Indigenous students take the wheel thanks to RACQ


Sponsored by the ARTIE Academy Driver's Licence Program, the Royal Automobile Club of Queensland (RACQ), member of the Australian Automobile Association (AAA), donated a vehicle to the Mareeba State High School to help its students gain their driving licence.

RACQ Head of Community and Education David Contarini said the Club had gifted the Holden Cruze to assist indigenous teenagers participating in the Former Origin Great’s (FOGs) ARTIE Academy Drivers Licence Program reach their 100 hours of required driving practice.

“For many young people, a driver licence isn’t only about being able to drive, it also gives them a form of independence, identification and opens up a world of employment opportunities,” Mr Contarini said.

“Unfortunately, not all students have access to a safe, reliable vehicle to complete the 100 hours of practice mandatory as part of the Queensland drivers licence process.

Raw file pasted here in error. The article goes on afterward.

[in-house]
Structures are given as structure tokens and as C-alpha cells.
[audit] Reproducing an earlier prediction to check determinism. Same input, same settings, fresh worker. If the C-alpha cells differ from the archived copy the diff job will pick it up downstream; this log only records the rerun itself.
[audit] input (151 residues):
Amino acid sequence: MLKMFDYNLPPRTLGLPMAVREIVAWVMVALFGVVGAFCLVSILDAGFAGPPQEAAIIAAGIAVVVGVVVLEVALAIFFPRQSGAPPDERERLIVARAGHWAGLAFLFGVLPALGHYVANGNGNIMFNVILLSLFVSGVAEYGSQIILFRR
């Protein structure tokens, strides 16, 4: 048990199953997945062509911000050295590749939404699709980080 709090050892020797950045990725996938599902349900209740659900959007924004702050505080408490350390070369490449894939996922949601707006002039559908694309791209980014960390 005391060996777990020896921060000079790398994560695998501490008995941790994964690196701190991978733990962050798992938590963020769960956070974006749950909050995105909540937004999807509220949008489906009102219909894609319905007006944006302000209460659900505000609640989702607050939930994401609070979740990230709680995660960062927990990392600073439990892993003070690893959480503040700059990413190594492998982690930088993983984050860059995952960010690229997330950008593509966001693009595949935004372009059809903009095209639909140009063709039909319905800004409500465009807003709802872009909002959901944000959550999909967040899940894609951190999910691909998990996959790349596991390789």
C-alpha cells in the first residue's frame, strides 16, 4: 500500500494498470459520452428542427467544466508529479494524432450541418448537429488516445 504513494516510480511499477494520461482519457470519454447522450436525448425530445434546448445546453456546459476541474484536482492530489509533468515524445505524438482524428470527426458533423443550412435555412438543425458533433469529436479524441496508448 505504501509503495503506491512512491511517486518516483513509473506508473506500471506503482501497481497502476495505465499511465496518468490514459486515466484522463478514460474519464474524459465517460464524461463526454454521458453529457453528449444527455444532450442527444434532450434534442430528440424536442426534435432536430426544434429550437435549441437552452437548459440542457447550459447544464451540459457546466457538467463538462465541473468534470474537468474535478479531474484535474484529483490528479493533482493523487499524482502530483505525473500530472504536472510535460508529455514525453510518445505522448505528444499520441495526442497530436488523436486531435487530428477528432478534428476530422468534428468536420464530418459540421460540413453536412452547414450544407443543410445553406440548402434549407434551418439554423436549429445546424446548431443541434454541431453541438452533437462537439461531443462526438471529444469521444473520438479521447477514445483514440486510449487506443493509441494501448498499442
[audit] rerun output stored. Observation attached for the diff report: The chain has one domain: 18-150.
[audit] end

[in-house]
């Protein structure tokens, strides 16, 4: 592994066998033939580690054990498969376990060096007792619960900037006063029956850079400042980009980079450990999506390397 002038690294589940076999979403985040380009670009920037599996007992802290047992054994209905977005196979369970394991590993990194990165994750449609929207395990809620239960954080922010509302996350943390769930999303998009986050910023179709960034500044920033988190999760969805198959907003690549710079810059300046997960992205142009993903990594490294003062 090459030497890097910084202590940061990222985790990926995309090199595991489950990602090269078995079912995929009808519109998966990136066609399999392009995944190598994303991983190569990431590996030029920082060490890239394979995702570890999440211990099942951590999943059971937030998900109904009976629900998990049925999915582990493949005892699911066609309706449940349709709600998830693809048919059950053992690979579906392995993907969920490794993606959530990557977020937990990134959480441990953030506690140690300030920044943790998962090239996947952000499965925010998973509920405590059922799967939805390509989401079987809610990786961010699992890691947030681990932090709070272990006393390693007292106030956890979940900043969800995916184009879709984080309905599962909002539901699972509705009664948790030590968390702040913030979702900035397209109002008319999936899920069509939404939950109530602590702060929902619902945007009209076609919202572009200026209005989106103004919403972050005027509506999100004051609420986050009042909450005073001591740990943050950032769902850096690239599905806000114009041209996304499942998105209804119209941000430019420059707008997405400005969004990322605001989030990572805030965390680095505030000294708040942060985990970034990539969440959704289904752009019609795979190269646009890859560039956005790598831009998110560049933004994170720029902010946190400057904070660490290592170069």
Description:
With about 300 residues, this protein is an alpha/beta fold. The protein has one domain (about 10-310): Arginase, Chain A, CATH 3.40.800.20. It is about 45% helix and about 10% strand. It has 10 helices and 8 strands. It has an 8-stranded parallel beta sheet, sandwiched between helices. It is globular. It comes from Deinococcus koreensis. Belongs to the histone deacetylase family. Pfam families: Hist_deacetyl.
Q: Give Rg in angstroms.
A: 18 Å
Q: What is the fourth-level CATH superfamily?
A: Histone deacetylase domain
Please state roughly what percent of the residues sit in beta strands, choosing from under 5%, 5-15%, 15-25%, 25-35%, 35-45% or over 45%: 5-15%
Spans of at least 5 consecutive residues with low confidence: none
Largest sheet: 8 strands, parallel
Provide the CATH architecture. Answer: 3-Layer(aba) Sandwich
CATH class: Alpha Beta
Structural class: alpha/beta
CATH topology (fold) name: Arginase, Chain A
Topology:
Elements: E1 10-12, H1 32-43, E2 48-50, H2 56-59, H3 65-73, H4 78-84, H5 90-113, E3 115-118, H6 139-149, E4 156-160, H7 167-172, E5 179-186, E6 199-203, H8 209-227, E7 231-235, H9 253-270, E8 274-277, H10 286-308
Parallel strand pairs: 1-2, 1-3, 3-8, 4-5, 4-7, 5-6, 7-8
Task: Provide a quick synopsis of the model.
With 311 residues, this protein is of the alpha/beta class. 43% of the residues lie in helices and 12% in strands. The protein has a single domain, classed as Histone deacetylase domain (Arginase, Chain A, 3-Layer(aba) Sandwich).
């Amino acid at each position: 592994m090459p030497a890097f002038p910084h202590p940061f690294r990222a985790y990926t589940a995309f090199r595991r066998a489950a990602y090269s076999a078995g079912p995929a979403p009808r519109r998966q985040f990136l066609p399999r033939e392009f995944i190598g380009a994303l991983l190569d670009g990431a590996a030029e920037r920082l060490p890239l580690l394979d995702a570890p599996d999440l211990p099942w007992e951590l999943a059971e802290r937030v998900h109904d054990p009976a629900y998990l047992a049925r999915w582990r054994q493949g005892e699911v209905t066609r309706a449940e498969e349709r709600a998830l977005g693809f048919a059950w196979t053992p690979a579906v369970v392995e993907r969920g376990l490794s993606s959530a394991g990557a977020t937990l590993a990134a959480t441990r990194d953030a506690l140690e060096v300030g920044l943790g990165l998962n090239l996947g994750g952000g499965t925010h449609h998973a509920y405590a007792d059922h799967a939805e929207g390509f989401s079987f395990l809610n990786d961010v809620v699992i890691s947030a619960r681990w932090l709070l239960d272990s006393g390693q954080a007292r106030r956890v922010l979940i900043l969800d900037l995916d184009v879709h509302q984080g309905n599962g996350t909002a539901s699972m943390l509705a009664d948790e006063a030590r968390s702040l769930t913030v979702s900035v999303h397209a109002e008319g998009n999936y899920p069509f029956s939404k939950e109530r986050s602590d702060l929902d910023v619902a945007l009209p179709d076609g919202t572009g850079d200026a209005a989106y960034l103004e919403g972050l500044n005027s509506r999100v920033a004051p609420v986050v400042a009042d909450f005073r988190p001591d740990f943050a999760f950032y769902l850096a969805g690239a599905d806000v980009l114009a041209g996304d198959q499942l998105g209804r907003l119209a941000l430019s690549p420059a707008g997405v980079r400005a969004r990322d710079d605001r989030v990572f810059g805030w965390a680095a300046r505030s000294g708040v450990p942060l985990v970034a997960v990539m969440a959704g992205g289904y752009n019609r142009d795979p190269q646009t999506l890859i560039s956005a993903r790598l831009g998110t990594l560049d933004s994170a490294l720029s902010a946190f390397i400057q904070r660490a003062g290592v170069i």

“Road safety is incredibly important to us, and through the sponsorship of the ARTIE Academy Drivers Licence Program and the donation of this vehicle, we can help students become safer and more competent on the road.

“As well as providing the vehicle, we’ll also cover the costs of insurance, registration and servicing.” 

Mr Contarini said this was the fifth vehicle the Club had donated to schools participating in the ARTIE program.

“We’ve donated vehicles to Ayr, Beenleigh, Bribie and Marsden State High Schools, and have already seen great results for students who’ve been using them,” he said.

FOGs Executive Chairman Gene Miles said these vehicles RACQ had provided added additional value to the existing ARTIE Academy program.

“Completing 100 hours can sometimes be challenging for students, so having support from RACQ, the school and ARTIE Academy will get students off to the best and safest start when driving and will be a key component to enhancing the success of students in life after school.”